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When it comes to racial justice, is the only failure a failure not to act? - Arv Kaushal

08 June 2023

By Arv Kaushal, equality, diversity and inclusion manager at MK College Group

Be it in education or business, charity or politics, we’re used to our leaders setting goals and then being judged on whether they achieve them. If you want to achieve racial justice within your organisation, don’t expect miracles; don’t expect perfection.

That’s one of many messages which has come through loud and clear during this year’s Milton Keynes College Group FE Voices podcasts (, where students, EDI experts, business leaders and the Further Education Commissioner tried to define racial justice and talked about their experiences of where it has been lacking. For instance, founder of consultancy Diversity Marketplace Gamiel Yafai said that “done is better than perfect” when talking about the importance of business leaders taking actions towards a more inclusive workplace. He also said that “if you’re not collecting data [on ethnicity representation in your business] then you’re not being anti-racist”.

If one thing is clear since the recording of the five episodes, it is that we really have no properly fixed idea of what racial justice is. Ask three people already working within the EDI (Equality, Diversity & Inclusion) space and you’ll probably end up with five different answers. How then could we expect leaders for whom this is not their day-to-day, to have a refined grasp of what it means? Like pretty much every other activity known to humankind, EDI has developed a jargon all of its own, but clear definitions are harder to come by. If it’s something you wish to see more of within your own organisation, you have to identify targets, make them clear and specific so everyone understands them – and then be prepared to fail.

Failure is not going backwards. Failure is moving forwards, just perhaps not so far as you might want – but that’s okay. Sixty years after the first petition was handed to parliament demanding votes for women, the Local Government Act of 1894 allowed females to vote in council elections. Full voting parity would not come for another thirty-five years. Does that mean the 1894 act was a failure? No. It was progress; something we can judge more clearly with hindsight. Similarly, if your aim is to recruit equally across all communities in your area, to have a workforce that perfectly reflects the people who are your customers and suppliers, be prepared to accept incremental improvement, and most importantly, make sure the people in your organisation can see it that way too.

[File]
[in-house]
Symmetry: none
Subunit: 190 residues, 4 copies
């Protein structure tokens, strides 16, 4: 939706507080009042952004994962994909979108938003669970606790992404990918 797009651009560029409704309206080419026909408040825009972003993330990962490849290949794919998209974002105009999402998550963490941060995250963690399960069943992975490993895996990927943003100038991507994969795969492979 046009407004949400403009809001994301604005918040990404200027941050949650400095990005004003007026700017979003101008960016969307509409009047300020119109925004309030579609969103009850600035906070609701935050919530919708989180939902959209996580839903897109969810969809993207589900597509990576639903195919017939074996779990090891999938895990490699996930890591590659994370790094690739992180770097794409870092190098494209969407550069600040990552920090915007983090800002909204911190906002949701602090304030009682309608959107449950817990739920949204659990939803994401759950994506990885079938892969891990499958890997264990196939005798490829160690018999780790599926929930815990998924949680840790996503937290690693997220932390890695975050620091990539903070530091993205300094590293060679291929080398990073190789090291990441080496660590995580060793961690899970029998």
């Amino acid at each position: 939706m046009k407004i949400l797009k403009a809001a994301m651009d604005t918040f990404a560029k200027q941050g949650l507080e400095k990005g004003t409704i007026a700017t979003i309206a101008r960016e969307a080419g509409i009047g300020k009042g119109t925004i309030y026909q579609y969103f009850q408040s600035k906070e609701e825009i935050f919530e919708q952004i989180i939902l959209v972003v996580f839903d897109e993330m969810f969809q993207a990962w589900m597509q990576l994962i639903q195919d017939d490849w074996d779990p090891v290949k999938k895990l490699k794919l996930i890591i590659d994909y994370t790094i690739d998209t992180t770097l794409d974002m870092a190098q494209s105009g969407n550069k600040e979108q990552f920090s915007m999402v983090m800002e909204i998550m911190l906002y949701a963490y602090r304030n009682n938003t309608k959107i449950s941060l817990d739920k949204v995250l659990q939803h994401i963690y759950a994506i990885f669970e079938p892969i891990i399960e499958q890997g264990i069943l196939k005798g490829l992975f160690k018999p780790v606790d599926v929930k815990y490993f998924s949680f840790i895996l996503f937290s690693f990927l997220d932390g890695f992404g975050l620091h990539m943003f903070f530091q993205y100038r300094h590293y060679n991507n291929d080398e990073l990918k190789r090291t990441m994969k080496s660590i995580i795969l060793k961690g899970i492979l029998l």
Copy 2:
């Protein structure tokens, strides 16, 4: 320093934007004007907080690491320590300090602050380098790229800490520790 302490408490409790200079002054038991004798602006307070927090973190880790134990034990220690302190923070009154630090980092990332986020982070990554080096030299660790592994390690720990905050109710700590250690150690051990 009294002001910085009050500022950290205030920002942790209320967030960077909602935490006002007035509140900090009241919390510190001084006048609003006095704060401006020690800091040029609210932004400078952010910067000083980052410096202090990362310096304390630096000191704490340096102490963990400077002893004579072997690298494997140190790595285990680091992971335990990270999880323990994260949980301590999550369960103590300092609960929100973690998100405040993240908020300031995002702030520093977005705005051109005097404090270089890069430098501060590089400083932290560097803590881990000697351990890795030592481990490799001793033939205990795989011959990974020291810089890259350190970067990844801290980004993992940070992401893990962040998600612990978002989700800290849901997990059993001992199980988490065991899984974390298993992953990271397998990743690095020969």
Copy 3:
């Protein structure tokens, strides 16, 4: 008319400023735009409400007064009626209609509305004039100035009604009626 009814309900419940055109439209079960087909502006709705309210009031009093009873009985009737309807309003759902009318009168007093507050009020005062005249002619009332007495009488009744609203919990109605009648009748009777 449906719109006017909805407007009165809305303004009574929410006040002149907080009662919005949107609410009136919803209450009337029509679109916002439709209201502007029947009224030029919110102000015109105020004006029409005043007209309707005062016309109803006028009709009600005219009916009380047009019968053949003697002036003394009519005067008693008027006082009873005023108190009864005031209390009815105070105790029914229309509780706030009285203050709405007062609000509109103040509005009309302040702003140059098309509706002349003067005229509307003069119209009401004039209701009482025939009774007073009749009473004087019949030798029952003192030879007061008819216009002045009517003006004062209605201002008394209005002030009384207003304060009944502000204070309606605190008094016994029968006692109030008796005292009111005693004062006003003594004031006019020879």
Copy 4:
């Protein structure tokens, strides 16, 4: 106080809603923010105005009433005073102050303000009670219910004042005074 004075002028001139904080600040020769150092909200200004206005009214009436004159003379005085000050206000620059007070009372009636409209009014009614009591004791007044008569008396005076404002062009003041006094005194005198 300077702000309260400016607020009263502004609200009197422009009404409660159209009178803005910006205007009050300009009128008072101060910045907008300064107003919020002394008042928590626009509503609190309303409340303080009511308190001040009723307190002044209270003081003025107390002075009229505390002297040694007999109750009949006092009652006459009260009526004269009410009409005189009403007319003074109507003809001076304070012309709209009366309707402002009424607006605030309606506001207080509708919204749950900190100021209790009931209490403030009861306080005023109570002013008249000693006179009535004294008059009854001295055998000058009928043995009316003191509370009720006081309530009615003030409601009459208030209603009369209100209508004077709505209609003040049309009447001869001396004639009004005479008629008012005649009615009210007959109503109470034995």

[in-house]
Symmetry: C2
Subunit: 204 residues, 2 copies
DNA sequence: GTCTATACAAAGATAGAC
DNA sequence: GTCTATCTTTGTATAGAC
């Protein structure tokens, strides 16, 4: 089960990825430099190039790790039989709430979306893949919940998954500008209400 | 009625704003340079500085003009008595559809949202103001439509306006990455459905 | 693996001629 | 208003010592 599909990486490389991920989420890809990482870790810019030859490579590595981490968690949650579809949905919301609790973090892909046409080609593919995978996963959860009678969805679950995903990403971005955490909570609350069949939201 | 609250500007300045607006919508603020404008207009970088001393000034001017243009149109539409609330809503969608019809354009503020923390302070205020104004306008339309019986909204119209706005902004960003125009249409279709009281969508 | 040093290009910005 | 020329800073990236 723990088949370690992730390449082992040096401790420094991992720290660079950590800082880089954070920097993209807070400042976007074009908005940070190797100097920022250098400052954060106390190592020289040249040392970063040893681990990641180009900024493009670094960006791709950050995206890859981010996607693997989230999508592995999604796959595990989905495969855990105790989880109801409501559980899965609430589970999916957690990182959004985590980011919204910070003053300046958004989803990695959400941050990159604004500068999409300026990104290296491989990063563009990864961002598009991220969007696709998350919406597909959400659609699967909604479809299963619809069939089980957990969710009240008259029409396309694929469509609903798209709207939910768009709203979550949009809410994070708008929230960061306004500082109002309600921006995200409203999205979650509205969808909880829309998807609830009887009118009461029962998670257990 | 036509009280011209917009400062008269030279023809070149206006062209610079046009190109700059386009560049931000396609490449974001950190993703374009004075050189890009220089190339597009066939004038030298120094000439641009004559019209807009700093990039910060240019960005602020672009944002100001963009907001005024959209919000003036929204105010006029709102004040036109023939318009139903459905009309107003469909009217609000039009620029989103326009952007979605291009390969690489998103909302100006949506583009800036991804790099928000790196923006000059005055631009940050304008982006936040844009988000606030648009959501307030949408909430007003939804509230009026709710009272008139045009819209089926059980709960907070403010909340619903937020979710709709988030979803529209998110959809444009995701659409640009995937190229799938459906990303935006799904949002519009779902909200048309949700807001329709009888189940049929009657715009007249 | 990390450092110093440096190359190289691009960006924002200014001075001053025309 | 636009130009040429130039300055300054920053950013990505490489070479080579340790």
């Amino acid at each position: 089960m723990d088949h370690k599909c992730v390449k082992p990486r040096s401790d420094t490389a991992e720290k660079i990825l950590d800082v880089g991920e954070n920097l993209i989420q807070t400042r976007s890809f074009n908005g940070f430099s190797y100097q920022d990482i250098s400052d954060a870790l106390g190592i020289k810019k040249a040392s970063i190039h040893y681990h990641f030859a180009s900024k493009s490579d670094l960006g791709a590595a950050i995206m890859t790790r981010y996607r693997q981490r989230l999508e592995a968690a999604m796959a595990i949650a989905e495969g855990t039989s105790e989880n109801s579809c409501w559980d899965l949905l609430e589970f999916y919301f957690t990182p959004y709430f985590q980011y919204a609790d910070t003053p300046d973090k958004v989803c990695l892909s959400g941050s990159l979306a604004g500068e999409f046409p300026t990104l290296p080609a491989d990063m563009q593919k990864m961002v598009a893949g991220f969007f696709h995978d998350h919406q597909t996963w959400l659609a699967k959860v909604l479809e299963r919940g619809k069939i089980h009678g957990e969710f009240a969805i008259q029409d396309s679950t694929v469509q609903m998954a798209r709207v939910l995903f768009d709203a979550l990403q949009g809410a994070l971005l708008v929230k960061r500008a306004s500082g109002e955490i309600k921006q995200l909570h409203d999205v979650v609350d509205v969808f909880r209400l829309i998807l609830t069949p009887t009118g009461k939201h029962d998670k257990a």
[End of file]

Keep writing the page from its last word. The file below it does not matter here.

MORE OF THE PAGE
The poet and activist, Maya Angelou, said, “Do the best you can until you know better. Then when you know better, do better.”

The only failure is failure to act.

This is not a natural perspective for leaders. The boards and the staff to whom they answer or who rely on them are used to the idea that if the boss says, “We need to improve this by x percent,” that x represents success and x minus one, therefore failure. In other words, we need to judge our EDI failures in the context of history. Are things better, fairer, than they were last year or the year before? That is the only reasonable way to judge progress.

One of the hard things about this, is it makes planning more conceptual and less concrete. Explaining to people that a policy will move the needle in the right direction but will not be a magic bullet to end all our problems, is not an easy sell, but it is an essential one.

Often leaders want to make change, but they don’t know how to go about it. A good starting point, the whole purpose of FE Voices and discussions like it, is to listen to the real lived experiences of the people affected by a lack of perfect fairness. One of our podcast guests, business leader and governor of MK College Group, Shalom Lloyd, said that “Every day when I walk out my door, I can tell you at the end of the day what I’ve experienced because of the colour of my skin.” A current MK College student also discussed in one of the podcasts the racial discrimination they face on a regular basis. By finding out what obstacles they’ve faced, we can look for ways to at least lower those barriers. Our final guest, FE commissioner Shelagh Legrave was adamant that “I want individuals to think very hard about the racial injustice that other people suffer, and not only to hear about it but to take action” and that “the highest priority for achieving racial justice is in education, from primary school through to those in their sixties and beyond.”

People with a genuine desire to improve matters, often talk about hard-to-reach groups. This is wrongheaded. If the numbers of people from minority communities engaging with your organisation are limited, it suggests it is you who are hard to reach for them. It is far more likely that changing your approach, be it in recruitment, promotion or even acquiring customers, will be far easier and more widely effective than hoping that they will somehow, as a group, change theirs.

You may find the improvements you can make frustratingly small, but in the great arc of history, the great leaps would not have been possible without those tiny inches forward.

The views expressed in Think Further publications do not necessarily reflect those of AoC or NCFE.